Introduction to Life Settlements

Case Solution

Alexander Braun, Lauren H. Cohen, Christopher J. Malloy, Jiahua Xu
Harvard Business School ()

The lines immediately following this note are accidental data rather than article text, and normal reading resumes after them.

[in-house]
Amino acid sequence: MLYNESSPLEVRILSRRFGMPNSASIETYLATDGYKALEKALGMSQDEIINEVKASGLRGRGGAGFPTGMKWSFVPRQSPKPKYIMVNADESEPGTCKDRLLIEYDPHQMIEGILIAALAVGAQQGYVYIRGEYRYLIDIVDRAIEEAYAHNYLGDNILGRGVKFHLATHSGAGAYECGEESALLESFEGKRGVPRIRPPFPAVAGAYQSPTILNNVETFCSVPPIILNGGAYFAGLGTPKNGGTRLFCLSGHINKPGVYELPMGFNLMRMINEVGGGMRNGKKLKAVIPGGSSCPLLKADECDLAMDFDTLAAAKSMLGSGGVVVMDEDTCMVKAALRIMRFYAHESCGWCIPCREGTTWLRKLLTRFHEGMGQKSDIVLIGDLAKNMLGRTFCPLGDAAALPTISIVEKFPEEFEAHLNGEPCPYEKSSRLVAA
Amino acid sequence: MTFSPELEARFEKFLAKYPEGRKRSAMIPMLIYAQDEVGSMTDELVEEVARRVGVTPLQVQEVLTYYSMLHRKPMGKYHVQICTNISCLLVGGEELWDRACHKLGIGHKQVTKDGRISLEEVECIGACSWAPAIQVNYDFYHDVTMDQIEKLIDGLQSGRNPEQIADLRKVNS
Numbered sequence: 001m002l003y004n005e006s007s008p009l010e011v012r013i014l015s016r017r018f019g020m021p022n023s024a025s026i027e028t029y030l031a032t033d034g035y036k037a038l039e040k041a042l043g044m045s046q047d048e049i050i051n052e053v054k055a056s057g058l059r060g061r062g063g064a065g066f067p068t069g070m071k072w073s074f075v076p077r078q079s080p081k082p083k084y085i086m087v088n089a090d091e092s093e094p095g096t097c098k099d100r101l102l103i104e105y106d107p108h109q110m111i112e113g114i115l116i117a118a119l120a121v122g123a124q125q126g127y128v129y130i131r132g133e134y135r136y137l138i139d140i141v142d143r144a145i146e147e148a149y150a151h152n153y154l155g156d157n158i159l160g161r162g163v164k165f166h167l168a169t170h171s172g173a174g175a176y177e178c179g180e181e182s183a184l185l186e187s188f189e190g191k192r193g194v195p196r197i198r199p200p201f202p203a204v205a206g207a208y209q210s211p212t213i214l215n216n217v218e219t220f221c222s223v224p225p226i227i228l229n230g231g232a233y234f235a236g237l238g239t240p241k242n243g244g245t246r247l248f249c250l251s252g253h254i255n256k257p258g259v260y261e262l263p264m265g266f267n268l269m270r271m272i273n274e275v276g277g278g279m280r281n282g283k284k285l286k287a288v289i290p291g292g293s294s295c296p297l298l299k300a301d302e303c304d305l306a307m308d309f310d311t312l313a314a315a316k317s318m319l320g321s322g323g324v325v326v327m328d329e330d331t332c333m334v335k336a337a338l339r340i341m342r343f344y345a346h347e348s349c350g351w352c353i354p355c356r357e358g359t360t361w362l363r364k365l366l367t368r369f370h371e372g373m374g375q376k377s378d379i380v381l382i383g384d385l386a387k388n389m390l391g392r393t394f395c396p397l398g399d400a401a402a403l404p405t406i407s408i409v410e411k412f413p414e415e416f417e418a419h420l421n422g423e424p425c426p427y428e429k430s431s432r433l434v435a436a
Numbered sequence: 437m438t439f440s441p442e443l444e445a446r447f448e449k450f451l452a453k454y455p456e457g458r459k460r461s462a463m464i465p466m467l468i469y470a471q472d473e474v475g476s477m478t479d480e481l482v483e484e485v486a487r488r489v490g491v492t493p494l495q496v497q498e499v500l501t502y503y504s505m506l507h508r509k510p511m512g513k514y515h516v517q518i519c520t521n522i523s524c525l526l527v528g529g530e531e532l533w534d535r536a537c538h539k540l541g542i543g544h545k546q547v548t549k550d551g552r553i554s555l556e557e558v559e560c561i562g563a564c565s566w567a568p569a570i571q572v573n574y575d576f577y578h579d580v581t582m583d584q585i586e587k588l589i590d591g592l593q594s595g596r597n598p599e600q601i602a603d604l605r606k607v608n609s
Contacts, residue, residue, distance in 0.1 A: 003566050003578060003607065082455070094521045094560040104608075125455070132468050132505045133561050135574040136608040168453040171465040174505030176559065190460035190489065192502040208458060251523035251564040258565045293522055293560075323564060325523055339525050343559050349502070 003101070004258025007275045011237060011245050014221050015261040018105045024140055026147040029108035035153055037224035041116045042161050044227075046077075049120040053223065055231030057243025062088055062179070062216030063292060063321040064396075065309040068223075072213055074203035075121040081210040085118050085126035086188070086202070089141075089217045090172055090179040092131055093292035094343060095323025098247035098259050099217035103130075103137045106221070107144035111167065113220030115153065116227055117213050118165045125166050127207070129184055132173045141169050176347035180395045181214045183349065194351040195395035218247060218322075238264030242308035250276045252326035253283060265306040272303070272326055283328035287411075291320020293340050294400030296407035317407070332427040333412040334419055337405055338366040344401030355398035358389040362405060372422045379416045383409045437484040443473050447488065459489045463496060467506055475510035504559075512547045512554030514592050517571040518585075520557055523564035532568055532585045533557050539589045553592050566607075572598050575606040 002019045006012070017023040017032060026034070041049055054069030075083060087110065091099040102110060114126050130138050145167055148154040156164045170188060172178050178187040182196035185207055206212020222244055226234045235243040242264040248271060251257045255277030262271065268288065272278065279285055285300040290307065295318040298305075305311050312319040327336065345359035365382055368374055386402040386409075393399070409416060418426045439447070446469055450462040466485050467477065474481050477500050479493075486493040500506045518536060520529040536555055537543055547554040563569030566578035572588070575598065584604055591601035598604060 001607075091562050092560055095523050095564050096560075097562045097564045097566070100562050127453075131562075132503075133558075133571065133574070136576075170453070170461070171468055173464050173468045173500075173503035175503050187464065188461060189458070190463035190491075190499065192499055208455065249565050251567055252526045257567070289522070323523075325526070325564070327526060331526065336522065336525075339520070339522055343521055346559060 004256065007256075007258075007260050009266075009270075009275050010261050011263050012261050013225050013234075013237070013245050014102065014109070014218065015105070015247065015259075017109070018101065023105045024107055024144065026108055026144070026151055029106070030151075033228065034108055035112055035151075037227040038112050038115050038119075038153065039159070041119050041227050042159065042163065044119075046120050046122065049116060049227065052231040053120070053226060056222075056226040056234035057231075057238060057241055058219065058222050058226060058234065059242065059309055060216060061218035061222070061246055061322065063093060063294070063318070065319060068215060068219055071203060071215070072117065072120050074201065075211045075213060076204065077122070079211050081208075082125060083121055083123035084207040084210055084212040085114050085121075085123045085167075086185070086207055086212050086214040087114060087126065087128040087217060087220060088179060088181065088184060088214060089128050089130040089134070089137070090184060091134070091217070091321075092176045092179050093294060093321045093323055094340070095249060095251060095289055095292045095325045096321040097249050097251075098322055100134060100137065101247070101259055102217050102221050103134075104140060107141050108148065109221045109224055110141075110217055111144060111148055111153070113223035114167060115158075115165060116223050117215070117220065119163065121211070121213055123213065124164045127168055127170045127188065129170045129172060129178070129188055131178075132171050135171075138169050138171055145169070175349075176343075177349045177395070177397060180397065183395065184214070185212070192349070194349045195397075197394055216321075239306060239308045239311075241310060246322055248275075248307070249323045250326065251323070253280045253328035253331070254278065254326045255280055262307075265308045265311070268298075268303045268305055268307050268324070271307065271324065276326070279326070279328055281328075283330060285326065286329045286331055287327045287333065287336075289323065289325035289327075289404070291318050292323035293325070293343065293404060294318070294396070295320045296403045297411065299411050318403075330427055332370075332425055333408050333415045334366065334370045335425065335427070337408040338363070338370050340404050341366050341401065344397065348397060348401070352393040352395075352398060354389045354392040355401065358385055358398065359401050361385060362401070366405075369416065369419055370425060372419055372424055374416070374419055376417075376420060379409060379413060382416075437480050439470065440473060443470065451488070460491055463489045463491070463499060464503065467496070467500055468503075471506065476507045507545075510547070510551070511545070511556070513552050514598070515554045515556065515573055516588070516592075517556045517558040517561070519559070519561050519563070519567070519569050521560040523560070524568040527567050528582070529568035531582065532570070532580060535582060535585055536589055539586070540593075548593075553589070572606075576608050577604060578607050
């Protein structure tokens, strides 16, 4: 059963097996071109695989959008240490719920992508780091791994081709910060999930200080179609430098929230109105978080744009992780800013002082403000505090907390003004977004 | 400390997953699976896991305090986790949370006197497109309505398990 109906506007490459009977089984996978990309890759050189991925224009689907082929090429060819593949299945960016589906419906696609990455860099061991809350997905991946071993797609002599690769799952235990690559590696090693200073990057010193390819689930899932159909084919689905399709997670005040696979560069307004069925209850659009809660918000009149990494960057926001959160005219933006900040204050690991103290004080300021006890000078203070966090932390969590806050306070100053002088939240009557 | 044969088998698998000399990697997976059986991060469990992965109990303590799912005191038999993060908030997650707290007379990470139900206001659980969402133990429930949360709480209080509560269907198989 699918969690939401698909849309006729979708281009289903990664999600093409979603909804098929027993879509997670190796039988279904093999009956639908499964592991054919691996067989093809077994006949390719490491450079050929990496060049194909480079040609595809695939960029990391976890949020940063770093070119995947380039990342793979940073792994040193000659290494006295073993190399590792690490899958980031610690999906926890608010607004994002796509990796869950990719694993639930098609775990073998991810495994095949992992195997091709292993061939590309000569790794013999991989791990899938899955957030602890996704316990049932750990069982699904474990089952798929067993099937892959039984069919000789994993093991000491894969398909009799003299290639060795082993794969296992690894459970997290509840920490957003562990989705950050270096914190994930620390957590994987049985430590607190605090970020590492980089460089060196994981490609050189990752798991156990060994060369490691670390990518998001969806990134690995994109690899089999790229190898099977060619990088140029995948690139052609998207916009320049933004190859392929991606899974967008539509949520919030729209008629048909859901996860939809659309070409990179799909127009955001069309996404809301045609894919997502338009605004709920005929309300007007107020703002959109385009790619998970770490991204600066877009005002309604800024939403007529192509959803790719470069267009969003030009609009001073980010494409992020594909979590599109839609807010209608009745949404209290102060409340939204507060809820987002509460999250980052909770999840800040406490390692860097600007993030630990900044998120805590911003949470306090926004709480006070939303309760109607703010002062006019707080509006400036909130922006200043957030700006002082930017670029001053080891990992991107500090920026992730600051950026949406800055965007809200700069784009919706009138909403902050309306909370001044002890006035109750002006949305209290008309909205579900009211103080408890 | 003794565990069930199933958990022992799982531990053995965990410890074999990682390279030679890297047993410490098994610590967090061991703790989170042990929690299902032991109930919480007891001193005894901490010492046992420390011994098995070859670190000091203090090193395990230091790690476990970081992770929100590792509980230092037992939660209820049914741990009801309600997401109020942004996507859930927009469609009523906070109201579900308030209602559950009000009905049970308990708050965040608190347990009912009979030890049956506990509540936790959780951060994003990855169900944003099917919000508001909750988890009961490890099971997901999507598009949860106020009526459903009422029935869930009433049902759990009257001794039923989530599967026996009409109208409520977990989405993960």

Life insurance is an asset that belongs to the majority of American adults (61%). Note that this 61% penetration rate is essentially on par with home ownership (64%) and higher than that of 401 (k) retirement accounts (53%). Life insurance or life insurance contracts allow people to sell their life insurance policy in a secondary market. Life insurance is a negotiable asset, for many people possibly the most valuable in their portfolio after real estate and perhaps a retirement account. However, the general public knows little about the policy being negotiable. By handing over a policy to the insurance company, the policyholder often suffers a considerable discount on the economic value. At the same time, the insurer retains the difference between the economic value of the policy and the surrender value. When selling a policy on the secondary market, on the other hand, it is common to command a price well above the salvage value. Therefore, life settlements allow policyholders to capture a much larger, if not total, part of the economic value of their contracts. In this industry note we present the basic structure of the market, the important players and the economic fundamentals. We also look for possible ways to maximize returns in this market for both investors and policyholders.

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